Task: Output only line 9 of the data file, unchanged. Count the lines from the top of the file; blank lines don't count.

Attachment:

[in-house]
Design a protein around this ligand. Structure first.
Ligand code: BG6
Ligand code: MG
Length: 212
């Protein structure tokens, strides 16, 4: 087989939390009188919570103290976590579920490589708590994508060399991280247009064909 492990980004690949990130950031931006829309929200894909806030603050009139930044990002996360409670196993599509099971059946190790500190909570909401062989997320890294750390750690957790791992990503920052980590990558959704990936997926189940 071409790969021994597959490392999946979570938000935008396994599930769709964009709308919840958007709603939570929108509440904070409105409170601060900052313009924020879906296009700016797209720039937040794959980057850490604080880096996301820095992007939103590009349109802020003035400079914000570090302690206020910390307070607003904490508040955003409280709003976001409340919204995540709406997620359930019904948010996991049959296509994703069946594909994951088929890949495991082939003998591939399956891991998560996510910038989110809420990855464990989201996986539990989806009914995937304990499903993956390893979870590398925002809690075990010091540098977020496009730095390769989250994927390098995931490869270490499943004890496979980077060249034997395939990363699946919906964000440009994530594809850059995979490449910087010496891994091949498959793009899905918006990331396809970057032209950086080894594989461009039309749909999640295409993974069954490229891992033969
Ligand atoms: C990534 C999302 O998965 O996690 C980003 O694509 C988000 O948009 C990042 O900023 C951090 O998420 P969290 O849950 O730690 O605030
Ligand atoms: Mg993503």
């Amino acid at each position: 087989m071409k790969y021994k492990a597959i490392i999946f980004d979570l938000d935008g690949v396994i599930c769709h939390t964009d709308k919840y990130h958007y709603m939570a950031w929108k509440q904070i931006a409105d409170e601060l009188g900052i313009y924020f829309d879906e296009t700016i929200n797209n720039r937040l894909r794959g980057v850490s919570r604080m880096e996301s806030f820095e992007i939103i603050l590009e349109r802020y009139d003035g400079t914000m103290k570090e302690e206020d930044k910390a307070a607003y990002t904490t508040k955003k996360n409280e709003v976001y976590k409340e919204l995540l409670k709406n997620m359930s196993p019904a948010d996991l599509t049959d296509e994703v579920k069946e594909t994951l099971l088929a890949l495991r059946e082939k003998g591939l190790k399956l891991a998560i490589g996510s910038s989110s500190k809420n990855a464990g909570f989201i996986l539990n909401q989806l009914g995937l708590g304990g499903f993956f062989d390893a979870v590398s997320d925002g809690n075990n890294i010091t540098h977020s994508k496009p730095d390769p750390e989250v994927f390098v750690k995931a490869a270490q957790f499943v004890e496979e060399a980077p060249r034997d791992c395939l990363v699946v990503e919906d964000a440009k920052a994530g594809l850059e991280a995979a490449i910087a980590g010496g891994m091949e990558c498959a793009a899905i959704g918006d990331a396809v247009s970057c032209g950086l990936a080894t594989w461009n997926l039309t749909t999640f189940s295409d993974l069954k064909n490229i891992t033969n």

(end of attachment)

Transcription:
């Amino acid at each position: 087989m071409k790969y021994k492990a597959i490392i999946f980004d979570l938000d935008g690949v396994i599930c769709h939390t964009d709308k919840y990130h958007y709603m939570a950031w929108k509440q904070i931006a409105d409170e601060l009188g900052i313009y924020f829309d879906e296009t700016i929200n797209n720039r937040l894909r794959g980057v850490s919570r604080m880096e996301s806030f820095e992007i939103i603050l590009e349109r802020y009139d003035g400079t914000m103290k570090e302690e206020d930044k910390a307070a607003y990002t904490t508040k955003k996360n409280e709003v976001y976590k409340e919204l995540l409670k709406n997620m359930s196993p019904a948010d996991l599509t049959d296509e994703v579920k069946e594909t994951l099971l088929a890949l495991r059946e082939k003998g591939l190790k399956l891991a998560i490589g996510s910038s989110s500190k809420n990855a464990g909570f989201i996986l539990n909401q989806l009914g995937l708590g304990g499903f993956f062989d390893a979870v590398s997320d925002g809690n075990n890294i010091t540098h977020s994508k496009p730095d390769p750390e989250v994927f390098v750690k995931a490869a270490q957790f499943v004890e496979e060399a980077p060249r034997d791992c395939l990363v699946v990503e919906d964000a440009k920052a994530g594809l850059e991280a995979a490449i910087a980590g010496g891994m091949e990558c498959a793009a899905i959704g918006d990331a396809v247009s970057c032209g950086l990936a080894t594989w461009n997926l039309t749909t999640f189940s295409d993974l069954k064909n490229i891992t033969n």